Writing in 1908, in part responding to what he saw as the problematic and radical individualism of American culture, Josiah Royce suggested that the whole moral life can be centered on the singular virtue of loyalty. Loyalty, as Royce defined it, is the “willing and practical and thoroughgoing devotion of a person to a cause” [from The Philosophy of Loyalty (Vanderbilt UP, 1995) 9]. In the same work, Royce goes on to spell out how a “cause” can serve as the overarching focus of human lives, connecting them to others through concerted, coordinated action.
My hunch—an idea that I would like to pursue through this project—is that Royce’s work can serve as a resource for vocational discernment because it provides a non-theological vocabulary, without being secularizing or anti-religion. At the end of The Philosophy of Loyalty, Royce makes an interesting philosophical move, one that invites us to consider how “loyalty to a cause” can work at both a metaphysical and a naturalistic, pragmatic level. In a chapter entitled “Loyalty and Religion,” Royce restates his original definition using a metaphysical vocabulary: “Loyalty is the will to manifest, so far as is possible, the Eternal, that is, the conscious and superhuman unity of life, in the form of the acts of an individual Self.” He then suggests that the same idea can be restated in the terms of “our ordinary experience,” borrowing the phrase of his dear friend William James: “Loyalty is the Will to Believe in something eternal, and to express that belief in the practical life of a human being” (166).
For many of us working with undergraduates on vocational discernment, one of the obstacles is how self-centered or even solipsistic the conversation can become. Approaching vocation as an extension of how they might express themselves upon the world, the options seem infinite. They feel unmoored. Their fear that they might choose unwisely stems from a sense that they might choose something that doesn’t totally capture who they are. As Alasdair MacIntyre noted many years ago, this paradigm of self as the dominant form for the expression of values is limited and problematic. It haunts any contemporary discussion of vocation, especially if vocation is uncoupled from theological commitments (although it can arise there, too, as an anxiety over figuring out what God wants me to do). The world as an empty canvas seems vast; the Self, standing before that canvas as a painter, is immobilized.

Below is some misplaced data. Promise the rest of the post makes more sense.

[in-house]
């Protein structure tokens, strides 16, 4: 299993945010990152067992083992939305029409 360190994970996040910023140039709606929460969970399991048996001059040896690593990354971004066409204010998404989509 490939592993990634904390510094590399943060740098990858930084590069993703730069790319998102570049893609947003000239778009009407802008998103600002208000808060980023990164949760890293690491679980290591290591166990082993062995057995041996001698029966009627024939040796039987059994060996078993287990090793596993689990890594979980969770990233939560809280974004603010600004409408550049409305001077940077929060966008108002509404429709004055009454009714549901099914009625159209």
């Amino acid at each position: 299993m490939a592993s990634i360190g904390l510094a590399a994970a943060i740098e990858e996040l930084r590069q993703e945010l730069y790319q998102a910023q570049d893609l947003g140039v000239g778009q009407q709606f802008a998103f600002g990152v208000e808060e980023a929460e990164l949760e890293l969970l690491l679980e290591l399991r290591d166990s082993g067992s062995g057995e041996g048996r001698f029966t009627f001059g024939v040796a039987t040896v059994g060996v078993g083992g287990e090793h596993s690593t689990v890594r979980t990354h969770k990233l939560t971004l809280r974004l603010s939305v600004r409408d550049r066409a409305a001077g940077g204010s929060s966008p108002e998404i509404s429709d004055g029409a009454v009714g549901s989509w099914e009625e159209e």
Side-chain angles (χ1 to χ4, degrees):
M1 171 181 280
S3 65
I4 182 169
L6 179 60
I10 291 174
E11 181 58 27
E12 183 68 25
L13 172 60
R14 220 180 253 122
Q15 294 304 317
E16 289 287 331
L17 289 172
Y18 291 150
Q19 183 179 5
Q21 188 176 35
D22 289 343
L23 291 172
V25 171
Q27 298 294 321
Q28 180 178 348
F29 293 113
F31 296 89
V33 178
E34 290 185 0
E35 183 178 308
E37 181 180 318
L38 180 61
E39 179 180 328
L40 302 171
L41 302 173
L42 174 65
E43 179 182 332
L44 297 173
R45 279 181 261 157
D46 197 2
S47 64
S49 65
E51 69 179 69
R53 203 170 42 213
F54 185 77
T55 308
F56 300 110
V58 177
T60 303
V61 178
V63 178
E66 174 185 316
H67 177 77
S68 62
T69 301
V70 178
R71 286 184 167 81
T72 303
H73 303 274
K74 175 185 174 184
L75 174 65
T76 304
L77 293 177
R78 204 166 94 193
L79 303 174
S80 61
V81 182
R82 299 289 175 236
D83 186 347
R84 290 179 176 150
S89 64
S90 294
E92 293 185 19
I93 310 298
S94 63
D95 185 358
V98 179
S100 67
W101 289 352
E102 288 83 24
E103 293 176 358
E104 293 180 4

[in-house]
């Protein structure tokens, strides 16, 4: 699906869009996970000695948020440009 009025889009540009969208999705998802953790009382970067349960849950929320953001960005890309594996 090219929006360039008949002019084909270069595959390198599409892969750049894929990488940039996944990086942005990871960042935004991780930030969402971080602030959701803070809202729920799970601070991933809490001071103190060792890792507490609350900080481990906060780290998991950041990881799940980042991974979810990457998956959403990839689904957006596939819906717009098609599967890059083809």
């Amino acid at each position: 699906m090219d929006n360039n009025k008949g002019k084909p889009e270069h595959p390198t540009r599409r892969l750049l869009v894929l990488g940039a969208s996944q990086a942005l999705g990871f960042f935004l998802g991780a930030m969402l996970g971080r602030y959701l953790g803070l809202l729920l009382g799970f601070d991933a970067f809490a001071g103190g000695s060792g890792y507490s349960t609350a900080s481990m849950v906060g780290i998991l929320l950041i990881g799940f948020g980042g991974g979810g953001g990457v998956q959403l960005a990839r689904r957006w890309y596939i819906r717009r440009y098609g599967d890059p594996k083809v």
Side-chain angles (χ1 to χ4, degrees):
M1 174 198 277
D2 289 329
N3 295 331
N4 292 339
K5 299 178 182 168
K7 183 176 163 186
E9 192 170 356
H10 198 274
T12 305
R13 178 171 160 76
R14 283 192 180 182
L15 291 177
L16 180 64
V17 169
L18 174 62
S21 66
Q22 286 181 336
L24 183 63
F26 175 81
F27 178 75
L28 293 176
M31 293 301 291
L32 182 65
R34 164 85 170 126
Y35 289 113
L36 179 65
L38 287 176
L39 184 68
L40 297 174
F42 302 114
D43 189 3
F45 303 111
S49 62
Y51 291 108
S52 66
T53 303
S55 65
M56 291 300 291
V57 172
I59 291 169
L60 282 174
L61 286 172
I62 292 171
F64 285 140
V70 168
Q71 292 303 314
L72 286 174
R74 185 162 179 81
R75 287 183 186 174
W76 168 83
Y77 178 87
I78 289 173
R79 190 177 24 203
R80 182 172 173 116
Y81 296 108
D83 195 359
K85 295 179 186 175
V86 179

My hunch, then, is that Royce’s views on the self and loyalty can be of help. Royce saw the self as essentially social—we come to be a “self” through our embeddedness and participation in human communities. We are interdependent and socially constituted, and this becomes the starting point for vocational discernment. Not only do we need to think about the commitments that we already have, by virtue of being tied to certain communities; I am convinced that we also must recognize that the work of vocational discernment is best done in conversation and within a community.
In Royce’s work on loyalty, this view avoids being deterministic because the self must willfully choose a cause. Royce emphasizes the role of the will, offering a needed sense of agency rather than passivity. Without being anti-theological, this is a helpful way of thinking about vocation in non-theological terms. What pulls one forward is called “cause,” rather than being explicitly named as God. For Royce, the cause must be supra-personal—it goes beyond one’s individual self and connects an individual to others. The cause, once chosen, then becomes the overarching ideal that orients one’s life.
Royce goes on to argue that a principle of “loyalty to loyalty” can help in moments of crisis, and that can be applied to times of vocational crisis, too. At moments of crisis or conflict, a person must consider: what is the larger or deeper cause that might be addressed through a new set of actions and choices?
Some of the material in this post appears in a different form in Chapter 10 of At This Time and In This Place: Vocation and Higher Education, edited by David S. Cunningham, used with permission from Oxford University Press USA. © 2016 Oxford University Press